Archive for the ‘irishblogs’ Category

An Irish Bloggersphere Bittorrent Tracker?

Saturday, October 22nd, 2005

As I’ve said before the new Video iPod will change it all. Like it did for Podcasting Apple and iTunes will be a massive provider of homemade content. TV as we know it wil cease to be. It’s already started with episodes of Lost available from iTunes at $2 a pop.

With broadband being so pervasive in all but the most backward of countries people will find it easier and easier to put up content on their website and have their friends (from around the world or even friends from just around the corner) download the podcasts or videocasts or whatever they created. If they are a popular blogger or the favourite child in a 1000 strong clan, the 50mb homemade rockgod video they created will soon start to eat up bandwidth on their server and their hosting company could get pissed.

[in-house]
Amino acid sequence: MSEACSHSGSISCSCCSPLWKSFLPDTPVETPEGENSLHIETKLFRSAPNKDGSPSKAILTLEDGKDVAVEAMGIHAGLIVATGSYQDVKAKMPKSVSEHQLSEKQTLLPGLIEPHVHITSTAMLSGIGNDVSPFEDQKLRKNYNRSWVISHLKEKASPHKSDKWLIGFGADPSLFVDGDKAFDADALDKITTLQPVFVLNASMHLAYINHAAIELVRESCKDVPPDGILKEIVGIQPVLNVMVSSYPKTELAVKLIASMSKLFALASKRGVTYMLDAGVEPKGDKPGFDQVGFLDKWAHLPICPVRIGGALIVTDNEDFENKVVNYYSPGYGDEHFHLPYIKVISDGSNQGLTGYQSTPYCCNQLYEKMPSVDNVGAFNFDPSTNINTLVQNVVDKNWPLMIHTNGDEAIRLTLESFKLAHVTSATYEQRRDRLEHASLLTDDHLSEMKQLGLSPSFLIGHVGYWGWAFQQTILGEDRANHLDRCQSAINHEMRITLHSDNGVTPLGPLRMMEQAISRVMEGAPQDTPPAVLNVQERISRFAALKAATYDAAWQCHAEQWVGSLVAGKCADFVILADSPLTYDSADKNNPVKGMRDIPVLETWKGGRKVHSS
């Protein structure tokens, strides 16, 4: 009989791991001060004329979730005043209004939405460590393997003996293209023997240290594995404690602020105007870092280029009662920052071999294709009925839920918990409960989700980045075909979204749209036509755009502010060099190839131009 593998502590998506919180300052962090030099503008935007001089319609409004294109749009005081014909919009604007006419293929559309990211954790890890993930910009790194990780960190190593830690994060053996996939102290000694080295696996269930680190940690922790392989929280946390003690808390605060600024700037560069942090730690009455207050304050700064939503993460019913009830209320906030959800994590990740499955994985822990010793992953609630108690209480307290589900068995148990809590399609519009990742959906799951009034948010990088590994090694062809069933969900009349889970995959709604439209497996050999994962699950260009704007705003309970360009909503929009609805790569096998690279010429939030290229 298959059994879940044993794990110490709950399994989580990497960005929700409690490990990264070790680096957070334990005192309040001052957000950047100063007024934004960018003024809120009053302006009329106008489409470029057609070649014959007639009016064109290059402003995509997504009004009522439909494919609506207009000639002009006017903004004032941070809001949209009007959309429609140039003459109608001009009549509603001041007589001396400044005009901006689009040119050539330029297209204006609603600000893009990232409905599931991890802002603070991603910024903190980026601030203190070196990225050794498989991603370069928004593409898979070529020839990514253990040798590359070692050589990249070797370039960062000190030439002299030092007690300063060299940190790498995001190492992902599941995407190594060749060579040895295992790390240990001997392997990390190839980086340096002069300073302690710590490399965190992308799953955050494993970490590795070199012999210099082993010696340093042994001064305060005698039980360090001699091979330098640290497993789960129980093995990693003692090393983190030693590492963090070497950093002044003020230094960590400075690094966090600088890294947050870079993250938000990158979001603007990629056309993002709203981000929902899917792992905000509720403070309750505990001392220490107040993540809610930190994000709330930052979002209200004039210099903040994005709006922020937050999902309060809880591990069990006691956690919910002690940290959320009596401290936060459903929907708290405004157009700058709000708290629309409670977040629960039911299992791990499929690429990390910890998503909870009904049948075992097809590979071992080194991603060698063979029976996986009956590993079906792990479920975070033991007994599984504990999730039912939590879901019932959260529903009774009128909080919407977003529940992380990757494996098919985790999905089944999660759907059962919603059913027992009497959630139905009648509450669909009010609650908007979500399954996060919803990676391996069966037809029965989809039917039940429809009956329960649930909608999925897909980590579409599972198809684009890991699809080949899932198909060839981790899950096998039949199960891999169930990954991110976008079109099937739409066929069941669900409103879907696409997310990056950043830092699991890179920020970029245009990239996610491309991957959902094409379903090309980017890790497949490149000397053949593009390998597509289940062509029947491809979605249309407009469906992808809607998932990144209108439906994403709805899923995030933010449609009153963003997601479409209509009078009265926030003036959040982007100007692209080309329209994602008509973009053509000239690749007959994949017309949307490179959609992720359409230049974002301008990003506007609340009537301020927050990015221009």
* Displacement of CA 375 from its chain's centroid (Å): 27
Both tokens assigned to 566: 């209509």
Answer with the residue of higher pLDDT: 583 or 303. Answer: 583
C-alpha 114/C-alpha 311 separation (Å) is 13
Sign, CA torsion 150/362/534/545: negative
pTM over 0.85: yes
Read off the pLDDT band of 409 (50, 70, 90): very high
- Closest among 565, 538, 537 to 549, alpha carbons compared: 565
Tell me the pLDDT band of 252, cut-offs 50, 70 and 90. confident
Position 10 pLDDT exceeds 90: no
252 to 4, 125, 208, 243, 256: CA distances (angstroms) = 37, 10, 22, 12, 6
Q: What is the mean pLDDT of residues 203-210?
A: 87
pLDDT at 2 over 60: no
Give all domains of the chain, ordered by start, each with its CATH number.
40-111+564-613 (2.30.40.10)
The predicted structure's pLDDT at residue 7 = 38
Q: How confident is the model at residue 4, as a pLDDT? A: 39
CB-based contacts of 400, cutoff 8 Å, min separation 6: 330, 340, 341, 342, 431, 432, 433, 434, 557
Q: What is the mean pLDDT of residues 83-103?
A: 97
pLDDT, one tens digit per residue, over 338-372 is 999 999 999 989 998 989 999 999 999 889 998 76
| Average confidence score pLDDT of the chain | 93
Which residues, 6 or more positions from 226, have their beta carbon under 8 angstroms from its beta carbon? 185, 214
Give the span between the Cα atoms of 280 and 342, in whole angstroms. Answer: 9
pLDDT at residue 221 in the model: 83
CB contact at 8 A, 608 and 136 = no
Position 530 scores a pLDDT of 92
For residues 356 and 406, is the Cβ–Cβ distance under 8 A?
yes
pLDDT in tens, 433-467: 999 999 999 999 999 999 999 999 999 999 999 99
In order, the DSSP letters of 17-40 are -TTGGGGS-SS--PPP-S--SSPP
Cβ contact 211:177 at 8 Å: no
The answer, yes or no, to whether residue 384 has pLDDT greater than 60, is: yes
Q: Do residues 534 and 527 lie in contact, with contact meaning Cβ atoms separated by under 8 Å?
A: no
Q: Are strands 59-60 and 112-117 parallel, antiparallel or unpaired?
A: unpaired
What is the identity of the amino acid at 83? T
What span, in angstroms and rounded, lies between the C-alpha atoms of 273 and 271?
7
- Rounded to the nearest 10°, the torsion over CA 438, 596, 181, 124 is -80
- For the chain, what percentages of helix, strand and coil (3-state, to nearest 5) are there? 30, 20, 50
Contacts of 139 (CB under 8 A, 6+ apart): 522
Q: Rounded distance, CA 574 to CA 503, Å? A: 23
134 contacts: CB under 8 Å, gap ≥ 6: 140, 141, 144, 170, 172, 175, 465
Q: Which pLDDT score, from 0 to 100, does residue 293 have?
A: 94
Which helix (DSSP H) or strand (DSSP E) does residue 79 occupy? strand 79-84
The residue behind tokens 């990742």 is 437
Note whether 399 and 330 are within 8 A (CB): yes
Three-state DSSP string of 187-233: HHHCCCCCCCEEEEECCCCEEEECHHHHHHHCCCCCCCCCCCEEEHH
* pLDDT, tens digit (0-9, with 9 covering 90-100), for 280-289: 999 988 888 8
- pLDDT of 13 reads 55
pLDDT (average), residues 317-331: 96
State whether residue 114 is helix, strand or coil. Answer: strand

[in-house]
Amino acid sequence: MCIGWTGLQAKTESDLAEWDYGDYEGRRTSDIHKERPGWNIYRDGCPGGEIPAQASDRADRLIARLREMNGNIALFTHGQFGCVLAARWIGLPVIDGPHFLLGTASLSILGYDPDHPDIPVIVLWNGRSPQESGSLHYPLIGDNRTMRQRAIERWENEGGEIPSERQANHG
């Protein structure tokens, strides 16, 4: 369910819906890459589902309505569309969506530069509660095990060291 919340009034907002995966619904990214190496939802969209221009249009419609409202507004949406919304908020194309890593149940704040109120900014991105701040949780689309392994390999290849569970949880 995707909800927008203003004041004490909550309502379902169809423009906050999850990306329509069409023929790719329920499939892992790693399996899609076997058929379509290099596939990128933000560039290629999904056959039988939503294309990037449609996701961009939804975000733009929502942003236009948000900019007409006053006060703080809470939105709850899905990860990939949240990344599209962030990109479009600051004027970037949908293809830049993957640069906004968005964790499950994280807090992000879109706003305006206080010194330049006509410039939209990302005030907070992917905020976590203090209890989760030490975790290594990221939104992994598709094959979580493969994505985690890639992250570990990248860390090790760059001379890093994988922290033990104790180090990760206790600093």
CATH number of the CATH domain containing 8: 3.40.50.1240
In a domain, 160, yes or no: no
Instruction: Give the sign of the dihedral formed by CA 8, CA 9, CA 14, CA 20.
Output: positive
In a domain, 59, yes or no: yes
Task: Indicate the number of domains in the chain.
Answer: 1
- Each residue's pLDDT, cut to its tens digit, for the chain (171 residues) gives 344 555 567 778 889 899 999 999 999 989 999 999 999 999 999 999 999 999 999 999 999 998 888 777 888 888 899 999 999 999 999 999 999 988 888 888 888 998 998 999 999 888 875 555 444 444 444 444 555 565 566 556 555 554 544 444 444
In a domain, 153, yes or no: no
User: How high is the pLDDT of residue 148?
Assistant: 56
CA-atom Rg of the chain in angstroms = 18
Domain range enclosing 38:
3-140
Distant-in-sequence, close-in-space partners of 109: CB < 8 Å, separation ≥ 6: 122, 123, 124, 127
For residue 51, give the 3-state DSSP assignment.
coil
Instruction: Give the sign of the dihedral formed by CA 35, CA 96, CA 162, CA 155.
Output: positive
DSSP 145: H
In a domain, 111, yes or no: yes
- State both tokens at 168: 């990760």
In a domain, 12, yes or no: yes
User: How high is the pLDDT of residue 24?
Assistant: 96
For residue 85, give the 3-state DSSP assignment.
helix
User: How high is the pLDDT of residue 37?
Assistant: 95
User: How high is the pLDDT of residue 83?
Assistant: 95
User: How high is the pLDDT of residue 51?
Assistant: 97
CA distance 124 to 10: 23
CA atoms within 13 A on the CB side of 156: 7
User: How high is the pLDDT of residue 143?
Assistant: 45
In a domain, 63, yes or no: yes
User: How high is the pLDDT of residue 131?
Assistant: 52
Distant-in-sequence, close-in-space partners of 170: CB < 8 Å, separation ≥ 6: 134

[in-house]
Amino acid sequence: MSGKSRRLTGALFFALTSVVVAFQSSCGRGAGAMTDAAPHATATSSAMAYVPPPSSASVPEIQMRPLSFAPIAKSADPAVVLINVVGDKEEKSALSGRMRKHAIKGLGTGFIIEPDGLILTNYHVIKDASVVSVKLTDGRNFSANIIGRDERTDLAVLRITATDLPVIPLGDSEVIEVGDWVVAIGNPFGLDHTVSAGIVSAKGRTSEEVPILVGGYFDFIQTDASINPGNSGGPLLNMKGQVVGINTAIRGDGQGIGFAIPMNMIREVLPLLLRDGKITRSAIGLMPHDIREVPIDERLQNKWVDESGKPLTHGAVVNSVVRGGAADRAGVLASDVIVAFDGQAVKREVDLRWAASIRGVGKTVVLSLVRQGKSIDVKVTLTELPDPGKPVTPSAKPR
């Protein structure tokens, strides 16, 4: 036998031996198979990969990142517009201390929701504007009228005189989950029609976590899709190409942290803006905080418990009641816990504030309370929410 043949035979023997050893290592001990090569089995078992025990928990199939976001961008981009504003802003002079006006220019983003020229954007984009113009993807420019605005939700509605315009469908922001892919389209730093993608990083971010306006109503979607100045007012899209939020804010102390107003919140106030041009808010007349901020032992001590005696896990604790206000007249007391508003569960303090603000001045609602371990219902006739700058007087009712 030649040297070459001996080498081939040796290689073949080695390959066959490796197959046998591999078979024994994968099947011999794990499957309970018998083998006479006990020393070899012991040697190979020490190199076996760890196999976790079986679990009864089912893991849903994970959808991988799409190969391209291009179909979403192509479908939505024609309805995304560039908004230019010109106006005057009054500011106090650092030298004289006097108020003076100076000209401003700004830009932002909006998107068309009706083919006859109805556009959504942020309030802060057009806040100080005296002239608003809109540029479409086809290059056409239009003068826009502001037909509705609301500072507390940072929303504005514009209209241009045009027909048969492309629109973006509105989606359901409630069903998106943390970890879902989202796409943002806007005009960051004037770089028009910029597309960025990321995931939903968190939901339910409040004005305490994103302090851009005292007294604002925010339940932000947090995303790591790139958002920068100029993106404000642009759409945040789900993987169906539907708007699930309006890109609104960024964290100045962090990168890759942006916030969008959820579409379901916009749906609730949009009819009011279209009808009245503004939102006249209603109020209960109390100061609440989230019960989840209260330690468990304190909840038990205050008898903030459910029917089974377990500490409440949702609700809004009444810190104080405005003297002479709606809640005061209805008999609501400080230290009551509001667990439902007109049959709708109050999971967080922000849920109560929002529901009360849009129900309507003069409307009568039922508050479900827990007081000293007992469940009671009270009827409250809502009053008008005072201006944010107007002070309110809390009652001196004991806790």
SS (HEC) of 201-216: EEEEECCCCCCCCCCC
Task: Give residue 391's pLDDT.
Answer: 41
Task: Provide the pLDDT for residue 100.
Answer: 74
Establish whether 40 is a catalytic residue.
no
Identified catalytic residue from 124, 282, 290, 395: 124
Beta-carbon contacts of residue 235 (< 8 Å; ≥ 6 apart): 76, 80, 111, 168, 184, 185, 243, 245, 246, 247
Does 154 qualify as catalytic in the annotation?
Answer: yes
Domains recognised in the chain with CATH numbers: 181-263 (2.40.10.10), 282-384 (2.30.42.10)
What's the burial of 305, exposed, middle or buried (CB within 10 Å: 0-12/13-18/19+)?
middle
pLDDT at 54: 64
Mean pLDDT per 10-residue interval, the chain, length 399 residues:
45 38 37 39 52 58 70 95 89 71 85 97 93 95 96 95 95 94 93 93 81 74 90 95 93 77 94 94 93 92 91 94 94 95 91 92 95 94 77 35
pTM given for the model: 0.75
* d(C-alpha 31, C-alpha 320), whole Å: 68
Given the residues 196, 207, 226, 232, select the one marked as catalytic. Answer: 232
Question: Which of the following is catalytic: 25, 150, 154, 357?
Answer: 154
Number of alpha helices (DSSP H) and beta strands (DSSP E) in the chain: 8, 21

Taking the service Prodigem have where they scan your RSS feed for enclosures and if they find anything create a torrent for it and applying it to the Irish Blog aggregation services, you could have a distributed media library for Irish culture. Homemade videos, live (legal) recordings of concerts, interviews with Irish emigrants, hell you could even have clips from RTE News if given permission.

I wonder could this get an Arts Council grant? To prevent abuse or copyrighted material going on to it, perhaps the content would also need to have a tag accompanying it, otherwise all the fun videos TCaL put on their site would also be distributed.

It would be good though to have a central distribution point of Irish podcasts and videocasts and whatever else is in store for citizen made and distributed media and use Bittorrent to save on server load.

Pimp my blog, kindly sponsored by

Saturday, October 22nd, 2005